Dance/Modified Yoga: A Health Strategy for African-American Women at Risk for Chronic Diseases
Johnson, Candace, Nursing - Graduate School of Arts and Sciences, University of Virginia
Taylor, Ann, School of Nursing, University of Virginia
African-American (AA) women are the segment of the population that experiences the highest incidence of metabolic syndrome (MetS). Yoga has been shown to decrease the risk of MetS, yet there have been no yoga studies of AA women with or at risk for MetS. The purpose of this 4-week study was to test the feasibility and acceptability of a culturally-tailored, Internet-based intervention, yogic dance (YD), using digital videos in a sample of AA women (ages 35-64) at risk for MetS. The study examined a) the rates of participant eligibility, accrual, attrition, and reasons for attrition; b) the feasibility of using the Internet to assess study participation and to deliver the intervention; c) the acceptability of the structured intervention; and d) any other benefits and/or limitations of the intervention. The study used a single-group, mixed-methods design underpinned by social constructivist theory and Pender’s Health Promotion Model. Twenty-four study participants were recruited and completed the study. After completing in-person screening and baseline measures using the Pre-Screening Checklist, Physical Activity Readiness Questionnaire, Eligibility Screening Checklist, Individual Characteristics Form, and Internet-based International Physical Activity Questionnaire (IPAQ), consented participants engaged in the 4-week Internet-based YD video intervention. After the 4-week YD intervention, participants were invited to participate in one of two audiotaped focus groups to voice their perceptions of barriers to and benefits from YD and the acceptability of using the YD intervention. In addition, data derived from the rates of participant eligibility, accrual, attrition, and the number of completed study measures were calculated. Focus group data were analyzed using content/thematic analysis and matched with themes from write-in responses to paper surveys. The majority (86%) of the women in the study found YD feasible as a complementary, health enhancing modality. Themes that emerged from the focus groups included: a) stress is both a motivator for and a barrier to participating in more YD; b) social support is an important mediator for YD; and c) cultural dance favorably enhances the YD experience. The integrated results from this mixed-methods study will form the foundation for a program of research exploring the complex determinants that influence health promotion behaviors in AA women.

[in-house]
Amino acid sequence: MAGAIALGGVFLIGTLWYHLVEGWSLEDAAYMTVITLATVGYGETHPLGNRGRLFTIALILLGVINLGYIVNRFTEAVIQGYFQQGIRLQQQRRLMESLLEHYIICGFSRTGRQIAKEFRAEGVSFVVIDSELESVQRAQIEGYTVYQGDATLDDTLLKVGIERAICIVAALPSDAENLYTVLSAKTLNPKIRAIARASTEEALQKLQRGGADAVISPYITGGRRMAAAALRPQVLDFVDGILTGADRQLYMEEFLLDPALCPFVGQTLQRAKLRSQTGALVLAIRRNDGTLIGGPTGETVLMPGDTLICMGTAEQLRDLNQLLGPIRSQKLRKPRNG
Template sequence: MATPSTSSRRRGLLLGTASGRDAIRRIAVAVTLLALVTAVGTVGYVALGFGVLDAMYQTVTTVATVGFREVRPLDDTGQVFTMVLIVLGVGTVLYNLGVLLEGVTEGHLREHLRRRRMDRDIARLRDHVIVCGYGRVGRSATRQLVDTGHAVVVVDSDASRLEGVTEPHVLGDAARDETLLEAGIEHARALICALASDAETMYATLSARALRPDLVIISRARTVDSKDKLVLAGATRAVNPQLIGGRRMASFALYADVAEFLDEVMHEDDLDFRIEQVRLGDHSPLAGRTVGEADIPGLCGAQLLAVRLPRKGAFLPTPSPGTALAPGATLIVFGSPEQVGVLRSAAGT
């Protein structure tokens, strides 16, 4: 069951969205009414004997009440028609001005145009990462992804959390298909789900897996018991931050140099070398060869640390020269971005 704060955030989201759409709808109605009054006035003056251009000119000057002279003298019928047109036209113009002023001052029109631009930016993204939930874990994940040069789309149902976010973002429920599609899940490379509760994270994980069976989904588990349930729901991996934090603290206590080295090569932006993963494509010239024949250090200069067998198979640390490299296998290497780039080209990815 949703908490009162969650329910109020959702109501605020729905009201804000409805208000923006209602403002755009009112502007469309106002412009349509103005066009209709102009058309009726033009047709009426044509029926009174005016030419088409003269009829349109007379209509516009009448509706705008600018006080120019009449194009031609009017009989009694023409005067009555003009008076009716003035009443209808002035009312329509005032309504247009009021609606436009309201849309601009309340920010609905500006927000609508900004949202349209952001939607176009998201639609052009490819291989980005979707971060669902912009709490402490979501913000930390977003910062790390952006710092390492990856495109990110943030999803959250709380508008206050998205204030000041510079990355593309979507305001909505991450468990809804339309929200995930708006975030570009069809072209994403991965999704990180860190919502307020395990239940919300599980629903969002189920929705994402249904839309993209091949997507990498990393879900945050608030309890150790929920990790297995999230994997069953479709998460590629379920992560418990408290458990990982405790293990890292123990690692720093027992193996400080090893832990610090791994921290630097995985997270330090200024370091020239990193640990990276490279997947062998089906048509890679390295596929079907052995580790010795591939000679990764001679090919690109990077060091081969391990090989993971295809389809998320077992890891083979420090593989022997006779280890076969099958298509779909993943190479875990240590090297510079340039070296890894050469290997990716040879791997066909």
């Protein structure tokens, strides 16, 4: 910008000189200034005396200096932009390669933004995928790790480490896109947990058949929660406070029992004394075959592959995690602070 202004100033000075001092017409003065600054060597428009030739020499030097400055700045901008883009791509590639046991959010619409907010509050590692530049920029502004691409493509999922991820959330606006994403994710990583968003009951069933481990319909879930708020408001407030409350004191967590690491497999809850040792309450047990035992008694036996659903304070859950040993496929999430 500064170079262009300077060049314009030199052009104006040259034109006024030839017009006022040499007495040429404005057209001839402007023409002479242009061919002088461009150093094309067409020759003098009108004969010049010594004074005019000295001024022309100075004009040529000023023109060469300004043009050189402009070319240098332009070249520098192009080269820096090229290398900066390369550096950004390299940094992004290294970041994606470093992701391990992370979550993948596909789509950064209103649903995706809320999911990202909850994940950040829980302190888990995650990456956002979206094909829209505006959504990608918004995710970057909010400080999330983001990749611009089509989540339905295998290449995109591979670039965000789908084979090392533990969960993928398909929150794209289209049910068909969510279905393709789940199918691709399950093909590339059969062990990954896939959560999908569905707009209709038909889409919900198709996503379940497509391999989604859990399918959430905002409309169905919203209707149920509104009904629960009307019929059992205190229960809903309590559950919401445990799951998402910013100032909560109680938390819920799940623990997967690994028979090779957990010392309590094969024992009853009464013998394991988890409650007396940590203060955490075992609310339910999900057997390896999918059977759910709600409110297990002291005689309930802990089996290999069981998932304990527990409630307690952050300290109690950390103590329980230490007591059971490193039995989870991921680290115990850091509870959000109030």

PHD (Doctor of Philosophy)
African-American, women, health, health promotion, yoga, metabolic syndrome, cardiovascular disease, type 2 diabetes, nurse managed health center, physical activity, dance, community, family
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